3 Key Highlights About Wilbur Dorsey Clayton:
- Lead soloist with the first great Count Basie band until he was drafted into World War II
- Leader of the “Harlem Gentlemen” in Shanghai
- Arranged music for Count Basie, Henry James, Benny Goodman, and numerous other artists
Jazz musician, Wilbur Dorsey Clayton, was best known as the lead soloist with the first great Count Basie band until he was drafted into World War II.
Clayton was born on November 12, 1911 in Parsons, Kansas. Clayton came from a musical family that supported and encouraged him to explore jazz music. He learned to play the piano at six-years-old from his father. By 17, he was playing the trumpet. After high school, he moved to Los Angeles. He later formed a band named “14 Gentlemen from Harlem” in which he was the leader of the 14-member orchestra.
There are multiple sources claiming different ways in which Clayton ended up in Shanghai. Many people claimed that Clayton was picked by Teddy Weatherford for a job at the Canidrome ballroom in the French Concession in Shanghai. Others claimed he escaped the US temporarily to avoid racism.
From 1934 or 1935 (depending on the sources), he was a leader of the “Harlem Gentlemen” in Shanghai. Some of the bureaucratic social groups he was with included Chiang Kai-shek’s wife Soong Mei-ling and her sister Ai-ling, who were regulars at the Canidrome. He eventually left Shanghai before the 1937 Second Sino-Japanese War. Clayton is credited for helping to close the gap between traditional Chinese music and shidaiqu/mandopop.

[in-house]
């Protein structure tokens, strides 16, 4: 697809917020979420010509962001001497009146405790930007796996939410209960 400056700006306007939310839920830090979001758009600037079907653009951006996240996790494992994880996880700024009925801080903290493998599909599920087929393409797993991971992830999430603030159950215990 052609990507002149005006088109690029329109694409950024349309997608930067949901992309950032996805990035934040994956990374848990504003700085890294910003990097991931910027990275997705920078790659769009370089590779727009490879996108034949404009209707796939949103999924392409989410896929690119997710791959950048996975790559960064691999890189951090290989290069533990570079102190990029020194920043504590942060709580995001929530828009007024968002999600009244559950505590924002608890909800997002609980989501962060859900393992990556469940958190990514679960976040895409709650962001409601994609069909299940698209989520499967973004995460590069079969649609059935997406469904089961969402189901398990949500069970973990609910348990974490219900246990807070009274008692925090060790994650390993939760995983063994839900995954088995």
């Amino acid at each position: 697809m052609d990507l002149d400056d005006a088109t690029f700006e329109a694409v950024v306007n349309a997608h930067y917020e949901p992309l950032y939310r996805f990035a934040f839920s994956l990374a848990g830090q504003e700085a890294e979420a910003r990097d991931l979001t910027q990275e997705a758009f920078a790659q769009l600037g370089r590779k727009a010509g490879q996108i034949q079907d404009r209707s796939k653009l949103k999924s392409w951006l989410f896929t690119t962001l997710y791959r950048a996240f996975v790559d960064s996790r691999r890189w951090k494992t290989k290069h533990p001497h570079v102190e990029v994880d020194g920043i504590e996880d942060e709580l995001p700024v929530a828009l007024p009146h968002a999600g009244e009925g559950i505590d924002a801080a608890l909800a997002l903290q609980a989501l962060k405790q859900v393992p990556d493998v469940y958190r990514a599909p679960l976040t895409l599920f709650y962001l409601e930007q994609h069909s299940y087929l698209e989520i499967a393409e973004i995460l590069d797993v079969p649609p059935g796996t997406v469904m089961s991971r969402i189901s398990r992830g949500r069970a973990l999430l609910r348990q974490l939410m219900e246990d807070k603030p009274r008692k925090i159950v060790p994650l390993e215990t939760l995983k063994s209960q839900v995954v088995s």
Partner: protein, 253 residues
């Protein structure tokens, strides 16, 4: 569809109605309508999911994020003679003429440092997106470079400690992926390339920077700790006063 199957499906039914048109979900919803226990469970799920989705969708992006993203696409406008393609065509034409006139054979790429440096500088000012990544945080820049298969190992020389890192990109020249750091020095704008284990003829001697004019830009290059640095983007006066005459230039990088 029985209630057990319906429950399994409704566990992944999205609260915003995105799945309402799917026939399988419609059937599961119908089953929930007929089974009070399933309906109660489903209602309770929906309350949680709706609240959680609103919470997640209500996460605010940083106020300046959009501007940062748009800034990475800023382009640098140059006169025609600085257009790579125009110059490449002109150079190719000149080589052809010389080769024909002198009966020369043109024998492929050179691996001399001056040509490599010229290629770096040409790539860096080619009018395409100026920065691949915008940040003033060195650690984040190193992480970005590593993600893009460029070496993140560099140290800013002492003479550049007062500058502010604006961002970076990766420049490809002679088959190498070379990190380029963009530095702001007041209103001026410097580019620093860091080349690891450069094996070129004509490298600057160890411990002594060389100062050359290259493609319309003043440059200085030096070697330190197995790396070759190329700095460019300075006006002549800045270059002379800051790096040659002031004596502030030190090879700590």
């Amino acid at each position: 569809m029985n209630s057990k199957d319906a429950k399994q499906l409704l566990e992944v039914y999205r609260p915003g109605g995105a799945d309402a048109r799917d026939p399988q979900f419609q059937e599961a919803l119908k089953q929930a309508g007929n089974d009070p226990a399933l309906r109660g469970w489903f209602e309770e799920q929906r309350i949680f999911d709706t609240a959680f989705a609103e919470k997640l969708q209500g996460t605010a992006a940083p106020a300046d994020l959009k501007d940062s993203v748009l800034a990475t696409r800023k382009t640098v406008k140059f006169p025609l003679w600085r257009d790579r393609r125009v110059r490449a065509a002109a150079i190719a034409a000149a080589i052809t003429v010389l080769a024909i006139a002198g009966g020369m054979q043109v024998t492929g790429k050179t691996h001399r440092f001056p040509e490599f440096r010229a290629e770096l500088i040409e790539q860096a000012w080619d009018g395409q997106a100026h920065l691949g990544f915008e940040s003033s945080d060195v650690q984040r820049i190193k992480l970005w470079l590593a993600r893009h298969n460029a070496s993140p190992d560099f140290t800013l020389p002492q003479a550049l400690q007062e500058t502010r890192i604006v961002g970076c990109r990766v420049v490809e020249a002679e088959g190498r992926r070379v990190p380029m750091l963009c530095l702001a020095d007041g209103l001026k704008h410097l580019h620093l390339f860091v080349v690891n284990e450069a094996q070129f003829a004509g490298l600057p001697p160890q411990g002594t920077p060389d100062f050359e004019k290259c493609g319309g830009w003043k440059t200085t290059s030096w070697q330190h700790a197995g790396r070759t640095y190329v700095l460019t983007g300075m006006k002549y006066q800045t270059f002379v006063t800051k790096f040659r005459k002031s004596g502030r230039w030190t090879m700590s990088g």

From 1937, the Count Basie orchestra was based in New York, giving Clayton the opportunity to freelance in the recordings studios, and he participated in recordings sessions featuring Billie Holiday and was also present on Commodore (and later Keynote Records) sessions with Lester Young. Clayton remained with Basie until he was drafted for war service in November 1943.
Following the war, Clayton arranged music for Count Basie, Henry James, and Benny Goodman, as well as continuing to tour and record. Clayton was noted for his ensemble and solo work, particularly with Lester Young and Billie Holliday.
Shortly after appearing at the New Orleans Jazz Festival in 1969, Clayton underwent lip surgery, and had to give up playing the trumpet in 1972. He was able to resume playing in 1977 for a State Department sponsored tour of Africa, but had to permanently stop playing in 1979. He taught at Hunter College, in New York from 1975-1980. Buck Clayton died quietly in his sleep in 1991.